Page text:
Egyptian President Abdel Fattah El-Sisi (R) meets Saudi King Salman in Sharm el-Sheikh March 28, 2015 (Photo: Handout photo from the Egyptian Presidency)
Prime Minister Sherif Ismail will meet Saudi officials and investors this week in a bid to drum up more investment as Egypt seeks to revive an economy suffering from a foreign currency shortage.
The talks follow a visit by Ismail and several ministers to Saudi Arabia earlier this month to present potential projects and push forward pledges made at an international investment conference in Sharm al-Sheikh in March.
Egypt attracted $12 billion in pledges from Gulf countries at the conference, where President Abdel Fattah al-Sisi urged foreign investors to help Egypt recover from the turmoil unleashed after the 2011 uprising overthrew Hosni Mubarak.
About $6 billion was deposited in Egypt's central bank to help replenish its dwindling foreign currency reserves. The rest was to come as investments, many of which are still being negotiated.
Egypt's International Cooperation Minister Sahar Nasr was one of the ministers to join the recent visit to Saudi.
"We had a clear road map. We had different forms of projects. We had development projects which I presented which are mainly in partnership with the Saudi Fund for Development," she told Reuters in a recent interview.
"We have a delegation coming soon, a high level delegation from Saudi Arabia to move on the next steps."
Deputy Crown Prince and Defence Minister Mohamed Bih Salman will visit Cairo at the head of a Saudi delegation this week, the government said in a statement.
Under discussion will be a number of projects including plans for a hydroelectric plant in Assiut and plans to develop the Red Sea resort of Sharm al-Sheikh, the statement said.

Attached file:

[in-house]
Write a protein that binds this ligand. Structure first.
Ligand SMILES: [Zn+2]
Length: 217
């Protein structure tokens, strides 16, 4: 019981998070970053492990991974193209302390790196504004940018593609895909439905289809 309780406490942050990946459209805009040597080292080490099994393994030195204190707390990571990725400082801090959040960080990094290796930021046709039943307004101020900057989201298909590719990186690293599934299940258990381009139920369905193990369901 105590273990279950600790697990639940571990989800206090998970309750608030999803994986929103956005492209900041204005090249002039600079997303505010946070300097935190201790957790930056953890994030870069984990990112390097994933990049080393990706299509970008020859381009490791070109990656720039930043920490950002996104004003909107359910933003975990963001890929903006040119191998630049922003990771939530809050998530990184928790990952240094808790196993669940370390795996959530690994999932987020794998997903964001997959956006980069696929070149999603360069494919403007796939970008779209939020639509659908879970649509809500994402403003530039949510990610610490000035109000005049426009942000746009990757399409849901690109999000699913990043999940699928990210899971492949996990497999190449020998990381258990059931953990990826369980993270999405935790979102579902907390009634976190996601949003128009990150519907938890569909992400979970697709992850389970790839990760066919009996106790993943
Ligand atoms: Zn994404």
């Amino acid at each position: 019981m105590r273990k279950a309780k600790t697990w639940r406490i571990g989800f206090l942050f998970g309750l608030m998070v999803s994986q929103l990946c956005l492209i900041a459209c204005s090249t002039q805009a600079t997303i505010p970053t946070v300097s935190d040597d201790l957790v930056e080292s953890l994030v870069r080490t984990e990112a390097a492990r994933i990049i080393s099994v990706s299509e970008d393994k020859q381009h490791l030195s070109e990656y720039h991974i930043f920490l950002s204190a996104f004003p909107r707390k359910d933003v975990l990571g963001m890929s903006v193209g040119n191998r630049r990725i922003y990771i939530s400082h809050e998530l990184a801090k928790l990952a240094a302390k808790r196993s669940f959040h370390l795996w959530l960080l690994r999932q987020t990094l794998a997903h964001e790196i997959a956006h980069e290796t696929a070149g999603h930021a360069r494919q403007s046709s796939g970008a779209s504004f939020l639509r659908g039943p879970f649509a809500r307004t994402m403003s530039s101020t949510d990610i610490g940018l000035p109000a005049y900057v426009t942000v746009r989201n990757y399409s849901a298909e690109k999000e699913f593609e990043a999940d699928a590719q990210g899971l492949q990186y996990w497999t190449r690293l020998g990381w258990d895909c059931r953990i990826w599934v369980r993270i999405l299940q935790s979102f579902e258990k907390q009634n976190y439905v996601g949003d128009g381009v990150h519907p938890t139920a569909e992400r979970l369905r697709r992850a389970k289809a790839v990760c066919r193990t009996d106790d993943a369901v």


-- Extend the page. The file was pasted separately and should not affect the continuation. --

In July, Egypt and Saudi Arabia issued a so-called Cairo Declaration, a pledge to work together on defence and improve cooperation on investment and trade.
Gulf states have showered billions of dollars on Egypt since mid-2013, when Sisi removed the Muslim Brotherhood from power. They opposed the Brotherhood's rise after the 2011 revolt.
Egyptian officials have denied speculation that Gulf support has slowed amid declining oil prices and concerns about the pace of Egypt's economic reforms. Cairo is also at odds with Riyadh over policy in Syria.
Nasr said she was also in contact with Kuwaiti investors.
Sherif Otaifa, adviser on mega projects to the investment minister, said Egypt was moving away from direct Gulf aid toward long-term investments.
Otaifa said Egypt was also working to resolve legal disputes that had hampered investment.
"We are focusing on the private investors of the Gulf ... They are big now and they built a good experience in the operational models and they have to expand," he said.